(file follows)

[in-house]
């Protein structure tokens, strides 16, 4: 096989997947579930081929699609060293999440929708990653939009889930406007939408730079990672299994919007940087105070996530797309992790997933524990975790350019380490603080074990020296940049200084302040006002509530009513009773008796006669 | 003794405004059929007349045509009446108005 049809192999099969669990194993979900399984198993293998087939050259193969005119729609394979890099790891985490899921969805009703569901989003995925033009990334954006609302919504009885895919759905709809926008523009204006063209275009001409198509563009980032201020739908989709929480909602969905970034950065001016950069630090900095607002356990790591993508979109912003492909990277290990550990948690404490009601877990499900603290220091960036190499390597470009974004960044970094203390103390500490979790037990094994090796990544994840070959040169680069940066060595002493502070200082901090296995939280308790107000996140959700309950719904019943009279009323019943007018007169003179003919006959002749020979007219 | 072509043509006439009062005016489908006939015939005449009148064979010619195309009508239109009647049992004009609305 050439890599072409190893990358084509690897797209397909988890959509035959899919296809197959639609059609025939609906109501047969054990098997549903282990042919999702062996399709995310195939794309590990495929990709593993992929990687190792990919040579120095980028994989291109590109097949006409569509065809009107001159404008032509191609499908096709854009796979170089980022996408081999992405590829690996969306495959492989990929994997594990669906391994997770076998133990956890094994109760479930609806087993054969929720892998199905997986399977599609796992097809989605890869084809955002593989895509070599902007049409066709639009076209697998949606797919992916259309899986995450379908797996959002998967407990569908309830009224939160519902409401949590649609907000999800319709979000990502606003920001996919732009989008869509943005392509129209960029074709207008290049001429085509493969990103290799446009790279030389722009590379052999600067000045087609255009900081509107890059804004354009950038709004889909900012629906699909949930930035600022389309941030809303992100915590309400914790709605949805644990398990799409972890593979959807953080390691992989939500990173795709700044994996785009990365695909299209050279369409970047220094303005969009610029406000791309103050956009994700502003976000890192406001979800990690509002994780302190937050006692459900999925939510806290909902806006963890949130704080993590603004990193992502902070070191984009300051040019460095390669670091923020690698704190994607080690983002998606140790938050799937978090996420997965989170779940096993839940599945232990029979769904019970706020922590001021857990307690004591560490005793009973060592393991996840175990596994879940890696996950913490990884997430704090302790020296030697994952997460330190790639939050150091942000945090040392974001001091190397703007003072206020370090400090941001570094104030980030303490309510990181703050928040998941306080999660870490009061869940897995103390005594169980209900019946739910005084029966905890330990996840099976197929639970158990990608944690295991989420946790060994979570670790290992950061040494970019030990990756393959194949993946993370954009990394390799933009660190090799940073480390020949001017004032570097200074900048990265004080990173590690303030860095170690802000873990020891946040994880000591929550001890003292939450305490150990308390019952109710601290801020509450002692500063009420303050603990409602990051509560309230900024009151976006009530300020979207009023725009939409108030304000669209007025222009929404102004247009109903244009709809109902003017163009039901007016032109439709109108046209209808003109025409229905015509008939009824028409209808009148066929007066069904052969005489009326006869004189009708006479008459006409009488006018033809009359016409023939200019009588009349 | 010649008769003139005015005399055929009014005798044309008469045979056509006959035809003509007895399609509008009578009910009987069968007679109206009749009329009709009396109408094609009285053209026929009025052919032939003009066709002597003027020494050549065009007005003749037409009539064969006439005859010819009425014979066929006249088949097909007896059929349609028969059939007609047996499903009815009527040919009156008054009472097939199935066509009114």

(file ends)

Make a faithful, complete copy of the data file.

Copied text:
[in-house]
């Protein structure tokens, strides 16, 4: 096989997947579930081929699609060293999440929708990653939009889930406007939408730079990672299994919007940087105070996530797309992790997933524990975790350019380490603080074990020296940049200084302040006002509530009513009773008796006669 | 003794405004059929007349045509009446108005 049809192999099969669990194993979900399984198993293998087939050259193969005119729609394979890099790891985490899921969805009703569901989003995925033009990334954006609302919504009885895919759905709809926008523009204006063209275009001409198509563009980032201020739908989709929480909602969905970034950065001016950069630090900095607002356990790591993508979109912003492909990277290990550990948690404490009601877990499900603290220091960036190499390597470009974004960044970094203390103390500490979790037990094994090796990544994840070959040169680069940066060595002493502070200082901090296995939280308790107000996140959700309950719904019943009279009323019943007018007169003179003919006959002749020979007219 | 072509043509006439009062005016489908006939015939005449009148064979010619195309009508239109009647049992004009609305 050439890599072409190893990358084509690897797209397909988890959509035959899919296809197959639609059609025939609906109501047969054990098997549903282990042919999702062996399709995310195939794309590990495929990709593993992929990687190792990919040579120095980028994989291109590109097949006409569509065809009107001159404008032509191609499908096709854009796979170089980022996408081999992405590829690996969306495959492989990929994997594990669906391994997770076998133990956890094994109760479930609806087993054969929720892998199905997986399977599609796992097809989605890869084809955002593989895509070599902007049409066709639009076209697998949606797919992916259309899986995450379908797996959002998967407990569908309830009224939160519902409401949590649609907000999800319709979000990502606003920001996919732009989008869509943005392509129209960029074709207008290049001429085509493969990103290799446009790279030389722009590379052999600067000045087609255009900081509107890059804004354009950038709004889909900012629906699909949930930035600022389309941030809303992100915590309400914790709605949805644990398990799409972890593979959807953080390691992989939500990173795709700044994996785009990365695909299209050279369409970047220094303005969009610029406000791309103050956009994700502003976000890192406001979800990690509002994780302190937050006692459900999925939510806290909902806006963890949130704080993590603004990193992502902070070191984009300051040019460095390669670091923020690698704190994607080690983002998606140790938050799937978090996420997965989170779940096993839940599945232990029979769904019970706020922590001021857990307690004591560490005793009973060592393991996840175990596994879940890696996950913490990884997430704090302790020296030697994952997460330190790639939050150091942000945090040392974001001091190397703007003072206020370090400090941001570094104030980030303490309510990181703050928040998941306080999660870490009061869940897995103390005594169980209900019946739910005084029966905890330990996840099976197929639970158990990608944690295991989420946790060994979570670790290992950061040494970019030990990756393959194949993946993370954009990394390799933009660190090799940073480390020949001017004032570097200074900048990265004080990173590690303030860095170690802000873990020891946040994880000591929550001890003292939450305490150990308390019952109710601290801020509450002692500063009420303050603990409602990051509560309230900024009151976006009530300020979207009023725009939409108030304000669209007025222009929404102004247009109903244009709809109902003017163009039901007016032109439709109108046209209808003109025409229905015509008939009824028409209808009148066929007066069904052969005489009326006869004189009708006479008459006409009488006018033809009359016409023939200019009588009349 | 010649008769003139005015005399055929009014005798044309008469045979056509006959035809003509007895399609509008009578009910009987069968007679109206009749009329009709009396109408094609009285053209026929009025052919032939003009066709002597003027020494050549065009007005003749037409009539064969006439005859010819009425014979066929006249088949097909007896059929349609028969059939007609047996499903009815009527040919009156008054009472097939199935066509009114």